These regulations on appearance are often targeted at solar systems. HOAs most commonly place restrictions on solar systems based on the following factors: placement, protrusions above roof level, wind-load tolerances, roof penetrations, color compliance, and paperwork requirements. While many of these factors are subject to the design of your system and the layout of your roof, be careful to consider all of your options and investigate how solar systems have been approved in the past in your neighborhood. If you’re the first, be a trendsetter! Research shows that solar systems are contagious!
Once you’ve done all the research and are ready to submit your application for approval, double and triple check for completeness. Be sure to include all requested diagrams, pictures, and component product information, so your application cannot be rejected on the grounds that it is incomplete.
3. Negotiate and Reach a Compromise
Your HOA’s review committee may return your application with required changes regarding aesthetic or safety restrictions. If you believe these proposed changes are unreasonable in expense or effort, try to negotiate. Attempts to compromise may include arguments to the exemption of your solar system from certain restrictive covenants, seeking a waiver from certain restrictions, modifying the system to conform to these aesthetic and architectural requirements, seeking a modification of the requirements to conform to your system, or obtaining release agreements. Whatever your approach, it should depend on how the covenant is written and your knowledge of how decisions are commonly reached within your unique HOA.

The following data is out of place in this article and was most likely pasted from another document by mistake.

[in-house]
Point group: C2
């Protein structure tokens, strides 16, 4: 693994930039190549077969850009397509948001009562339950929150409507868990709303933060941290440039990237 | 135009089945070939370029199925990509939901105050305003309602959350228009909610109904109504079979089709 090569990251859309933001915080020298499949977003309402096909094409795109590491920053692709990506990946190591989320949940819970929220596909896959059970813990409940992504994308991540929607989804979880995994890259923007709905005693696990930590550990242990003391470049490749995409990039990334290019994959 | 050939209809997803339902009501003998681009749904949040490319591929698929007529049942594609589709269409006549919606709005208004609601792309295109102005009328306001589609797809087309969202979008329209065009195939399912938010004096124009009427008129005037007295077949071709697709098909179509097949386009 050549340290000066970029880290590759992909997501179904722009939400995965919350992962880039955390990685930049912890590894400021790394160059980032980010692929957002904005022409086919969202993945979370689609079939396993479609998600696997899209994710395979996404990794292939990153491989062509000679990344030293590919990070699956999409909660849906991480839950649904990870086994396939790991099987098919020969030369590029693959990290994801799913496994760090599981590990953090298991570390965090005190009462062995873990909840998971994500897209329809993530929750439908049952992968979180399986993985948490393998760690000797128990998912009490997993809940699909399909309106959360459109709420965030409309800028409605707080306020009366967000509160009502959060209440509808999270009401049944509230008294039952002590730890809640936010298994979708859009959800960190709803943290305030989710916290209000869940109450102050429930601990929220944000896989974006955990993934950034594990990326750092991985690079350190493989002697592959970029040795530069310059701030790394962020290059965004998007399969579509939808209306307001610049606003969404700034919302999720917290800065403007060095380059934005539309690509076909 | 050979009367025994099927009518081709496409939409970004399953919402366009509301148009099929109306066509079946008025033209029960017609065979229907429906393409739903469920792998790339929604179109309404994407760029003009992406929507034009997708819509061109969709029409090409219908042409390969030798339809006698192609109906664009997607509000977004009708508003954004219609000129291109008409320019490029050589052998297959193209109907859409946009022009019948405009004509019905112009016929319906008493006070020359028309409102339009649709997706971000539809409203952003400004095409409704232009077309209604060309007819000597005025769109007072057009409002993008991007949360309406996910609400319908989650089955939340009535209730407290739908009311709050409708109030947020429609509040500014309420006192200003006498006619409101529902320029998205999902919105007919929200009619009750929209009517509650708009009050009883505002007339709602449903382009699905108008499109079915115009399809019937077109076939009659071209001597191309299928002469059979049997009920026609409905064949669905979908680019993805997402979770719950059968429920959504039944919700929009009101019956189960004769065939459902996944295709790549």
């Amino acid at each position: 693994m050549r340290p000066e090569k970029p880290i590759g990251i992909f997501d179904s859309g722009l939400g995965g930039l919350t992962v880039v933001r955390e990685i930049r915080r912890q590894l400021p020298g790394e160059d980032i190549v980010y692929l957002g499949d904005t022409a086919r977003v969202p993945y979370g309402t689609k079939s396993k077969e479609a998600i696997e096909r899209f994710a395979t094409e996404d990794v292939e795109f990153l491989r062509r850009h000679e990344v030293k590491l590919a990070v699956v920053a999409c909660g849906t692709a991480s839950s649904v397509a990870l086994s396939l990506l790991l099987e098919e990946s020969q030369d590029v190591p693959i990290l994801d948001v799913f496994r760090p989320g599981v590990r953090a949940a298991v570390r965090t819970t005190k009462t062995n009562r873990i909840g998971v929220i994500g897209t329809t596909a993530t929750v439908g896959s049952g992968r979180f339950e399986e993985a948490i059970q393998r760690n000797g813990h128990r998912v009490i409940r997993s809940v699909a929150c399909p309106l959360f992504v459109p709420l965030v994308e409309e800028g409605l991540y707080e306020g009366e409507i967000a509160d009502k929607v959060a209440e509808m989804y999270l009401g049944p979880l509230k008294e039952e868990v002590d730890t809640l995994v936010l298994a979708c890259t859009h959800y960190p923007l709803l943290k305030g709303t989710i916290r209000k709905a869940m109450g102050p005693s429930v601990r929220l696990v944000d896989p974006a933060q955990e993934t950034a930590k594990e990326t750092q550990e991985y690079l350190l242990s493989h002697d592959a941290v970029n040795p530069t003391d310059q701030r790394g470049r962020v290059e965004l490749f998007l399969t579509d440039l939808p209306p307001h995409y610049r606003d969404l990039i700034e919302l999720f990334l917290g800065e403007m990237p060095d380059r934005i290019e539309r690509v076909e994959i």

If a compromise cannot be reached between yourself and the review committee, get your installer involved. Many solar installers have dealt with neighborhood compliance issues and are skilled at cooperating with HOAs to find a creative solution to satisfy aesthetic requirements while maximizing system efficiency. If you don’t have a relationship with an installer yet, get in contact with trusted experts in your area through our sign-up form.
4. Don’t Tolerate Bullying
Homeowners Associations have the power to levy heavy penalties on homeowners who fail to comply with their CC&R agreements. These penalties can include fees, forced compliance, and even HOA-driven lawsuits. However, these penalties cannot be used to punish you under the protection of your local legislative easement and rights provisions. Do your best to work in conjunction with your HOA, but know that you don’t have to tolerate bullying, excessive delays, or unreasonable claims against your proposal.
If you have questions about your solar potential and what solar would look like on your home, your best bet is to get in contact with local experts.
Last modified: January 25, 2016